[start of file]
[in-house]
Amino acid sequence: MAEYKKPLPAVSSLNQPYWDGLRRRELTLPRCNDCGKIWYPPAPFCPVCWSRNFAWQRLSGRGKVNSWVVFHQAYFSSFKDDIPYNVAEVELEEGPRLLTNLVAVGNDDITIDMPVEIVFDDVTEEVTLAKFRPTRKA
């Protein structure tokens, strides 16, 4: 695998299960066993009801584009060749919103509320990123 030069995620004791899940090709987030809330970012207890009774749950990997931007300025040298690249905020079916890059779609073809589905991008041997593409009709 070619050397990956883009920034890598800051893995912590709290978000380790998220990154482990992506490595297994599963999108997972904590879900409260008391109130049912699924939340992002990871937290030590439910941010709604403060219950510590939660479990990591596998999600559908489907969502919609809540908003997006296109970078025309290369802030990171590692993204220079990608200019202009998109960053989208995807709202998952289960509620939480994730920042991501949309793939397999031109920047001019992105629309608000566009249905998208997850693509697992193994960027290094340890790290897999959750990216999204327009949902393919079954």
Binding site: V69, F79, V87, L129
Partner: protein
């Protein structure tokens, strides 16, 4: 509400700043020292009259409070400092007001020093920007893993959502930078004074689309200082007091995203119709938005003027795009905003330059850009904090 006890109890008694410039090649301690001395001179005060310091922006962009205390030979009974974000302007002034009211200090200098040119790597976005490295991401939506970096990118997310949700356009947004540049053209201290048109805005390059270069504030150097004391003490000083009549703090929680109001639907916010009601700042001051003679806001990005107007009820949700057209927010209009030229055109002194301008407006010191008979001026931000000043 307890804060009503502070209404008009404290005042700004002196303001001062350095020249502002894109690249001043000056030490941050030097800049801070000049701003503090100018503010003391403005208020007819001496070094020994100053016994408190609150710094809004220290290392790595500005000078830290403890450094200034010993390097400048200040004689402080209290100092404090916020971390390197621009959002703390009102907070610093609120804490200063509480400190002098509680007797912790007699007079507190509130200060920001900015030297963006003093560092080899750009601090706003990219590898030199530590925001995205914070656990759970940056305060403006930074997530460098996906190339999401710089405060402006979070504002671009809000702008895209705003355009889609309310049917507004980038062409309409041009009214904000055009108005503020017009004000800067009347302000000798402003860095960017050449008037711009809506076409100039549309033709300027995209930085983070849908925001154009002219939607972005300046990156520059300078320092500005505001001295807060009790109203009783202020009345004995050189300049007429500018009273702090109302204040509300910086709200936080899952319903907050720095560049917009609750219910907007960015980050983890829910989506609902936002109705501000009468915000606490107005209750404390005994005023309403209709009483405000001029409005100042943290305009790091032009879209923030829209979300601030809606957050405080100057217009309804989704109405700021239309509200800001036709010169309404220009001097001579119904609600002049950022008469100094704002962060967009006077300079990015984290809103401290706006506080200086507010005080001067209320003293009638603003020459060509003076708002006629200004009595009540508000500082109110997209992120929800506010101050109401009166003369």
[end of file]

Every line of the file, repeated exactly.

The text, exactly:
[in-house]
Amino acid sequence: MAEYKKPLPAVSSLNQPYWDGLRRRELTLPRCNDCGKIWYPPAPFCPVCWSRNFAWQRLSGRGKVNSWVVFHQAYFSSFKDDIPYNVAEVELEEGPRLLTNLVAVGNDDITIDMPVEIVFDDVTEEVTLAKFRPTRKA
């Protein structure tokens, strides 16, 4: 695998299960066993009801584009060749919103509320990123 030069995620004791899940090709987030809330970012207890009774749950990997931007300025040298690249905020079916890059779609073809589905991008041997593409009709 070619050397990956883009920034890598800051893995912590709290978000380790998220990154482990992506490595297994599963999108997972904590879900409260008391109130049912699924939340992002990871937290030590439910941010709604403060219950510590939660479990990591596998999600559908489907969502919609809540908003997006296109970078025309290369802030990171590692993204220079990608200019202009998109960053989208995807709202998952289960509620939480994730920042991501949309793939397999031109920047001019992105629309608000566009249905998208997850693509697992193994960027290094340890790290897999959750990216999204327009949902393919079954």
Binding site: V69, F79, V87, L129
Partner: protein
């Protein structure tokens, strides 16, 4: 509400700043020292009259409070400092007001020093920007893993959502930078004074689309200082007091995203119709938005003027795009905003330059850009904090 006890109890008694410039090649301690001395001179005060310091922006962009205390030979009974974000302007002034009211200090200098040119790597976005490295991401939506970096990118997310949700356009947004540049053209201290048109805005390059270069504030150097004391003490000083009549703090929680109001639907916010009601700042001051003679806001990005107007009820949700057209927010209009030229055109002194301008407006010191008979001026931000000043 307890804060009503502070209404008009404290005042700004002196303001001062350095020249502002894109690249001043000056030490941050030097800049801070000049701003503090100018503010003391403005208020007819001496070094020994100053016994408190609150710094809004220290290392790595500005000078830290403890450094200034010993390097400048200040004689402080209290100092404090916020971390390197621009959002703390009102907070610093609120804490200063509480400190002098509680007797912790007699007079507190509130200060920001900015030297963006003093560092080899750009601090706003990219590898030199530590925001995205914070656990759970940056305060403006930074997530460098996906190339999401710089405060402006979070504002671009809000702008895209705003355009889609309310049917507004980038062409309409041009009214904000055009108005503020017009004000800067009347302000000798402003860095960017050449008037711009809506076409100039549309033709300027995209930085983070849908925001154009002219939607972005300046990156520059300078320092500005505001001295807060009790109203009783202020009345004995050189300049007429500018009273702090109302204040509300910086709200936080899952319903907050720095560049917009609750219910907007960015980050983890829910989506609902936002109705501000009468915000606490107005209750404390005994005023309403209709009483405000001029409005100042943290305009790091032009879209923030829209979300601030809606957050405080100057217009309804989704109405700021239309509200800001036709010169309404220009001097001579119904609600002049950022008469100094704002962060967009006077300079990015984290809103401290706006506080200086507010005080001067209320003293009638603003020459060509003076708002006629200004009595009540508000500082109110997209992120929800506010101050109401009166003369």